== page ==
• Other (Specify):__________
  • C55. Who notified this zone of the event?
    • Drill organizer
    • Incident command center
    • Media
    • Other hospital staff
    • Outside source
    • Victims arriving
    • Not notified
    • Other (specify):____________
common sample questions from evaluation module security
Common Sample Questions from Evaluation Module (Security)
  • C60. Were security present in this zone? Y/N/U
  • C62. If security personnel were present, what type of security? (Check all that apply and provide approximate numbers)
    • FBI ___
    • Hospital Security ___
    • Local Police ___
    • State Police ___
    • NA
    • Other (specify): ______________
common sample questions from evaluation module victim documentation and tracking
Common Sample Questions from Evaluation Module (Victim Documentation and Tracking)
  • C74. Were all incoming victims registered and given a unique identification or medical record number? (check one)
    • Yes, before entering this zone
    • Yes, on entering this zone
    • No, not while in this zone
    • Unclear
  • C76. Was a central list of victims generated for this zone? Y/N/U
  • C77. Were the triage markers on the victims clearly visible? Y/N/U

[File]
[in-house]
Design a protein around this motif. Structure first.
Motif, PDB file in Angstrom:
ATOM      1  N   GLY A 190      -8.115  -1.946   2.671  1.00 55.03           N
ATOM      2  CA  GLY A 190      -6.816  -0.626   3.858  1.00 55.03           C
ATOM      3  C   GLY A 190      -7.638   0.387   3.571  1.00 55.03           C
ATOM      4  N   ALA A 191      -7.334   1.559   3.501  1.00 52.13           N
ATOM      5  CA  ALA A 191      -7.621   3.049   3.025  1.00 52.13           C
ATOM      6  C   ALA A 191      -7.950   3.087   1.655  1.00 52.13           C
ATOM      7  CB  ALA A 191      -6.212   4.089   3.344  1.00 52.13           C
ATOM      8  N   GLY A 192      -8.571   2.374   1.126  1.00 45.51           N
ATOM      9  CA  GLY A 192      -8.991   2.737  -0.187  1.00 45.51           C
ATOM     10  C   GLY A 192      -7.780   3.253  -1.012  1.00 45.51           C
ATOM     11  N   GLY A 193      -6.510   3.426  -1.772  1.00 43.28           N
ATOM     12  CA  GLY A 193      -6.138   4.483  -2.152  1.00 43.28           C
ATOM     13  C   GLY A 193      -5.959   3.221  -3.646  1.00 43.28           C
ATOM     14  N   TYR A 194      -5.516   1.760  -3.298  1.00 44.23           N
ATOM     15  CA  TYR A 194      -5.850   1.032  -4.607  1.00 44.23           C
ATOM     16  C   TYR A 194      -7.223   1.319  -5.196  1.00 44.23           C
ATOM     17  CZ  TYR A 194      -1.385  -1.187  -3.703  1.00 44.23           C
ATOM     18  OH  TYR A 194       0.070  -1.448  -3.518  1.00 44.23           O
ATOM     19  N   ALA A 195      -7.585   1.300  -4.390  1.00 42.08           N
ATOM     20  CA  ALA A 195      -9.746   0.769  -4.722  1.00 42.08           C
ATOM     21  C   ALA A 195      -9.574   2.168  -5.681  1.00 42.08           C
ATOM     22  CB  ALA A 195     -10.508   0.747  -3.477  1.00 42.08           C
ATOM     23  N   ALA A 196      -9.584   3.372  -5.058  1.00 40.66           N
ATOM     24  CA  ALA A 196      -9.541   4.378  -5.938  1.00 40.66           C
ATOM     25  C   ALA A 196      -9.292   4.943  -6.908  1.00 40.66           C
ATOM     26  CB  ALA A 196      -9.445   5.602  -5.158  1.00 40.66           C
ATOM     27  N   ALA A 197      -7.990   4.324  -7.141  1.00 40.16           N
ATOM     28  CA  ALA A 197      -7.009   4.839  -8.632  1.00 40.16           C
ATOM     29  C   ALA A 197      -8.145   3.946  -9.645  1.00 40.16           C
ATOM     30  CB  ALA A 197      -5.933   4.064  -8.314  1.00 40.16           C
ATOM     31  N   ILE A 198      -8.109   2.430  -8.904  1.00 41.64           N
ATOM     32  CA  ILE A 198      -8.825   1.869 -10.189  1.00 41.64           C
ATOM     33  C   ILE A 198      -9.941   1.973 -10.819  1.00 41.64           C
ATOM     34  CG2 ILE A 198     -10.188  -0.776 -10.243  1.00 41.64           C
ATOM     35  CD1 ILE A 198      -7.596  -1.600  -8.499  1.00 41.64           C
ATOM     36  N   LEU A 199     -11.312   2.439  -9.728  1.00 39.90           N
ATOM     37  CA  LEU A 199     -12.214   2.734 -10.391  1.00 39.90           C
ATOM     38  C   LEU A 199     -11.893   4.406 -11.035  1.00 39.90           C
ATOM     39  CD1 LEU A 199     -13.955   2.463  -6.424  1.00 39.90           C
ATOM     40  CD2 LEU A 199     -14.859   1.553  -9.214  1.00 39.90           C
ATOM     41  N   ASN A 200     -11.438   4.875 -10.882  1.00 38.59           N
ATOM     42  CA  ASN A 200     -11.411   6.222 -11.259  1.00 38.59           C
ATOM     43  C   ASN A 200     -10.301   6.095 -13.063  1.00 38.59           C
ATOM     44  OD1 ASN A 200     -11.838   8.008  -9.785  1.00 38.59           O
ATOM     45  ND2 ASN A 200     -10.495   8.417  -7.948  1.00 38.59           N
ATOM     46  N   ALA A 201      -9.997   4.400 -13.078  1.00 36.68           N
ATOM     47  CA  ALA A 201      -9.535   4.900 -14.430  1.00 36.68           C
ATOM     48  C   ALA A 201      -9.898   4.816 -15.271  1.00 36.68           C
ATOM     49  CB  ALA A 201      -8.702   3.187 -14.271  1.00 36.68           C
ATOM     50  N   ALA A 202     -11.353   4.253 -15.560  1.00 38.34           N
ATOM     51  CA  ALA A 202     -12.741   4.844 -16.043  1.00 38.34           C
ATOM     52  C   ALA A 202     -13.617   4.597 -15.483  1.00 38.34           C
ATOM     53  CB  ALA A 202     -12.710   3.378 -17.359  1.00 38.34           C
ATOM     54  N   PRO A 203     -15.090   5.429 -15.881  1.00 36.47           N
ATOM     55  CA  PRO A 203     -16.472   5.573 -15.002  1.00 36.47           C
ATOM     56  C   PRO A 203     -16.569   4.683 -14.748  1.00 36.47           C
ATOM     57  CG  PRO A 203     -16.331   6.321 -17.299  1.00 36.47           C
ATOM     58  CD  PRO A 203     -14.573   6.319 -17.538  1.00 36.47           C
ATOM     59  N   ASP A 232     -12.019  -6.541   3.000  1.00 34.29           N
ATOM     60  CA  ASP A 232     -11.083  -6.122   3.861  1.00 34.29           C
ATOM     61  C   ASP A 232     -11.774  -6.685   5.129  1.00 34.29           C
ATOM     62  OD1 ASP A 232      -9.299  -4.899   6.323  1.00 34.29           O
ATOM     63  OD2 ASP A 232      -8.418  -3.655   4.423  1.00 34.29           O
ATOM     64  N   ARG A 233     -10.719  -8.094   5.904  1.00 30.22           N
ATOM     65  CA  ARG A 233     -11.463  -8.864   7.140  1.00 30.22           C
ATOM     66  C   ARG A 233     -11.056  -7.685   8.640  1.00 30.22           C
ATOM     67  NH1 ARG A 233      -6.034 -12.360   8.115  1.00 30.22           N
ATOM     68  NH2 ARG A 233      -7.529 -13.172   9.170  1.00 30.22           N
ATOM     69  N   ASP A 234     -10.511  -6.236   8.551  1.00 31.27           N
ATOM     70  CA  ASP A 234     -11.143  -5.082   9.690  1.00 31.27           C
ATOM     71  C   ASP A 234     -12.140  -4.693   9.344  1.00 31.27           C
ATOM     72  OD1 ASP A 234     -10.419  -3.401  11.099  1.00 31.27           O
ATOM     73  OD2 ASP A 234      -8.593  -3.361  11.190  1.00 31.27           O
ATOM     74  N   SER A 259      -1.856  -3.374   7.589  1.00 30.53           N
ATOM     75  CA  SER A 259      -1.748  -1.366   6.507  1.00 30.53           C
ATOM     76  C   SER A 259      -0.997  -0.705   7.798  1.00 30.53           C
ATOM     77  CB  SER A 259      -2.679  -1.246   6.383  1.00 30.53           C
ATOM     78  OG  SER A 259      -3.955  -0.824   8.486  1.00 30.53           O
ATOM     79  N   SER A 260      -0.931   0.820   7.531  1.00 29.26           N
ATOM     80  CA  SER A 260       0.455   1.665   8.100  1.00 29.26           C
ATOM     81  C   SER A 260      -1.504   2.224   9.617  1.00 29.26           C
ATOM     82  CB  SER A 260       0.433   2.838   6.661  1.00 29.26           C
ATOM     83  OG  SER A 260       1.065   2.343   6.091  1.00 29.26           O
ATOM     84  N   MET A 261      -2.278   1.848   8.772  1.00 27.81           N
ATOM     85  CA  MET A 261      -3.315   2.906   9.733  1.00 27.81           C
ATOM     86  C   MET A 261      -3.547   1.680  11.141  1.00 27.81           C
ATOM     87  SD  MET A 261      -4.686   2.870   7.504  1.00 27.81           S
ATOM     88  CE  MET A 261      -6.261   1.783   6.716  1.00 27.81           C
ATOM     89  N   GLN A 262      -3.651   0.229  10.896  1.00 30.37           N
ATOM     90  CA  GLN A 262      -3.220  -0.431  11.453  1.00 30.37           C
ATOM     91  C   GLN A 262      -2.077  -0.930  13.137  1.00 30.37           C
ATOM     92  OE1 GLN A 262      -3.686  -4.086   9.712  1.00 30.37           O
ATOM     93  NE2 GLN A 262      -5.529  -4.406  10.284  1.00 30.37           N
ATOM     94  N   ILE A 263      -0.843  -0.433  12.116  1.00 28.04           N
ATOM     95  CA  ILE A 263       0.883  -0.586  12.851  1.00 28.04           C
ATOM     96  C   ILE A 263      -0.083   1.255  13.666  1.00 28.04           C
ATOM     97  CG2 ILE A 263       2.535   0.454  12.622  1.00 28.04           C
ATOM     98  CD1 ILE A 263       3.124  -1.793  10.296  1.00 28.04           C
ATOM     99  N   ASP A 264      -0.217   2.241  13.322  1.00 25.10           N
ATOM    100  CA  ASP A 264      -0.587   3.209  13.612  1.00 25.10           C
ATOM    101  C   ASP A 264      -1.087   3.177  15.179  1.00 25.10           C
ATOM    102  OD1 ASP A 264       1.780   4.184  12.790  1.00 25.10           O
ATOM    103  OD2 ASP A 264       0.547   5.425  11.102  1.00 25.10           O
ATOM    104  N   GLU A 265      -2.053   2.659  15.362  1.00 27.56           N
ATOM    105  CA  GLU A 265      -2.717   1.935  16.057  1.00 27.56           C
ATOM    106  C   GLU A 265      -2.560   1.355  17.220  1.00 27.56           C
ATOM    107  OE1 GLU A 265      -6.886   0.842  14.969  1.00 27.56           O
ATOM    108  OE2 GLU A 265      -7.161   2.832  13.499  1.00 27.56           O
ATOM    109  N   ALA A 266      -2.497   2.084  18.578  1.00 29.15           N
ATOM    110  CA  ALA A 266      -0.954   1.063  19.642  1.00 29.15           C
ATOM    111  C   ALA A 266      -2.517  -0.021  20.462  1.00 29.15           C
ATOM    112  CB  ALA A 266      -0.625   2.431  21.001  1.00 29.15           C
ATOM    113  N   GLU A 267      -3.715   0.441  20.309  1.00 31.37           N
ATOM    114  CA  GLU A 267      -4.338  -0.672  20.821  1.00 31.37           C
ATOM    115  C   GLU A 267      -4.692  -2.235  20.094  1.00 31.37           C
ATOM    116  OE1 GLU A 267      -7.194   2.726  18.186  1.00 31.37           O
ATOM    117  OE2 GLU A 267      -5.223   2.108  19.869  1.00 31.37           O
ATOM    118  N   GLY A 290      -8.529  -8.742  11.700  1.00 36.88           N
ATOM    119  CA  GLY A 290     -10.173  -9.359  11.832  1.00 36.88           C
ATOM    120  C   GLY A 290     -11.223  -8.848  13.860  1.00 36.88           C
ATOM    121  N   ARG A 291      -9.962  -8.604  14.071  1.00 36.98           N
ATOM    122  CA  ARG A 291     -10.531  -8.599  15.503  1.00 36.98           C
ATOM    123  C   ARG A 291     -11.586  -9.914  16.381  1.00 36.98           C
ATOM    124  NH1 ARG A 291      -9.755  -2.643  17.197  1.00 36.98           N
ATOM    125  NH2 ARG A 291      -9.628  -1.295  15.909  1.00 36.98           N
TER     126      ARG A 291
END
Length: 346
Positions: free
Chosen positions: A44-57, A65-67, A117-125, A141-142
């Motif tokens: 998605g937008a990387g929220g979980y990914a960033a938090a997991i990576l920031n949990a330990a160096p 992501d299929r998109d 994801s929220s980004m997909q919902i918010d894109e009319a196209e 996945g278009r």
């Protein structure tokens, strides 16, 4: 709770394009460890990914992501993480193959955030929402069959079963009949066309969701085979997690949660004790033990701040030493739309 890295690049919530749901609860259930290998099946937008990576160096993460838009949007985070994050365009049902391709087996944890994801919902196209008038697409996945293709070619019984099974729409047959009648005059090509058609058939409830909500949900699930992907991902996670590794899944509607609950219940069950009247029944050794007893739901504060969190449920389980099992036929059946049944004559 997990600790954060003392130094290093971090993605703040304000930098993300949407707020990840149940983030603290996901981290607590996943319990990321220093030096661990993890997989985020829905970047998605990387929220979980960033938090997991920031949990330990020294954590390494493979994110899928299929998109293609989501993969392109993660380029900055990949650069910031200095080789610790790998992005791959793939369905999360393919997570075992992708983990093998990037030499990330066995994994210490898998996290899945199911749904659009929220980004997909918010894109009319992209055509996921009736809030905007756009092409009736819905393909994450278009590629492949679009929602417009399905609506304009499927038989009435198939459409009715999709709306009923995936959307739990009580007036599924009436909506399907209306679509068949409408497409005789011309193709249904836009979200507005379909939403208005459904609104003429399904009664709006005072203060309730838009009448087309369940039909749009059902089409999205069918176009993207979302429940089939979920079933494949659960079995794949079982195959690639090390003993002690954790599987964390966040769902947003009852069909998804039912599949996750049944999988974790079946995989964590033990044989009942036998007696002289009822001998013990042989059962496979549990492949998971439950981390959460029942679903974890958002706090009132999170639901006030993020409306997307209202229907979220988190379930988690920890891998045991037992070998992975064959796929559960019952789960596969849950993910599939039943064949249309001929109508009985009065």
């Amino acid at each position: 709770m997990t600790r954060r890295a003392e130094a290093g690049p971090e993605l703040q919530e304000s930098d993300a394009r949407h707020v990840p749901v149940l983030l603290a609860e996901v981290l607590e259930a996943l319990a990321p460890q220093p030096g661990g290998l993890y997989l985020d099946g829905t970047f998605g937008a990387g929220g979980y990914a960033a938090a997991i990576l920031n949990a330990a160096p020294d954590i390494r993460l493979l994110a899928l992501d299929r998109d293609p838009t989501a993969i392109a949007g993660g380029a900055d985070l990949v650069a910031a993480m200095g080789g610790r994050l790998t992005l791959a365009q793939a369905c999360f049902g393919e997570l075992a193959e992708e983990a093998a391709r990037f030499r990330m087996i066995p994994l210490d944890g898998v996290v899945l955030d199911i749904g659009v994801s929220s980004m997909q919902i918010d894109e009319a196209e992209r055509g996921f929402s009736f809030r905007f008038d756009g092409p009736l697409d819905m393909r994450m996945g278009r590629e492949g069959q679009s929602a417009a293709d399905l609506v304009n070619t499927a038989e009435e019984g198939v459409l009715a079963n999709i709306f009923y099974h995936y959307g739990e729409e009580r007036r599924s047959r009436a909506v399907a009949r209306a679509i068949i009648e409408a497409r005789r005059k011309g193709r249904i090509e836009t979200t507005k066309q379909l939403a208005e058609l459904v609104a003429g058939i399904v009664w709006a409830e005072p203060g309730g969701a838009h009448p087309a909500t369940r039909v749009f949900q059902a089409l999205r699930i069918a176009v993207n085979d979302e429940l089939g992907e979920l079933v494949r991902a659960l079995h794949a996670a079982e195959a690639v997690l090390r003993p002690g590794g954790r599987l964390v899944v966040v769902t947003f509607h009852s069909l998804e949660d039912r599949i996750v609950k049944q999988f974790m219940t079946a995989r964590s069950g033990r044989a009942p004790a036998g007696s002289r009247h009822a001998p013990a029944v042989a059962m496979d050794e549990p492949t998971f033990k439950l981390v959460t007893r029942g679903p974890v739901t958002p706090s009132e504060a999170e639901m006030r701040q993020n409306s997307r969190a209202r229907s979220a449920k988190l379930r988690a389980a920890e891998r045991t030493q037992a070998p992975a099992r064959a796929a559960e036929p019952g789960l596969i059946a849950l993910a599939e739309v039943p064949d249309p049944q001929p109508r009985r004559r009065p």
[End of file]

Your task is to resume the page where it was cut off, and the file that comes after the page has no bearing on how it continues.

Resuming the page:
common sample questions from evaluation module victim flow
Common Sample Questions from Evaluation Module (Victim Flow)
  • C81. Did a bottleneck develop in this zone? Y/N/U
  • C84. Were the paths leading to the next zone marked? Y/N/U
  • C86. Were the lowest acuity victims directed by staff to an area separate from higher acuity victims? Y/N/U
  • C87. What proportion of victims had treatment delayed because of zone staffing shortage? (Check one)
    • None
    • Less than half
    • At least half (but not all)
    • All
    • Unclear
common sample questions from evaluation module personal protective equipment and safety
Common Sample Questions from Evaluation Module (Personal Protective Equipment and Safety)
  • If needed, were these items for standard precautions available for the healthcare workers? Y/N/U
  • Used by staff? Y/N/U
  • Adequate supply? Y/N/U
    • Eye protection
    • Waterproof gowns
    • Isolation gowns
    • Gloves
common sample questions from evaluation module equipment and supplies
Common Sample Questions from Evaluation Module (Equipment and supplies)

TX15. Were medications needed for the treatment of victims available within the hospital? Y/N/U/NA

TX16. Were medications requested from and outside source? Y/N/U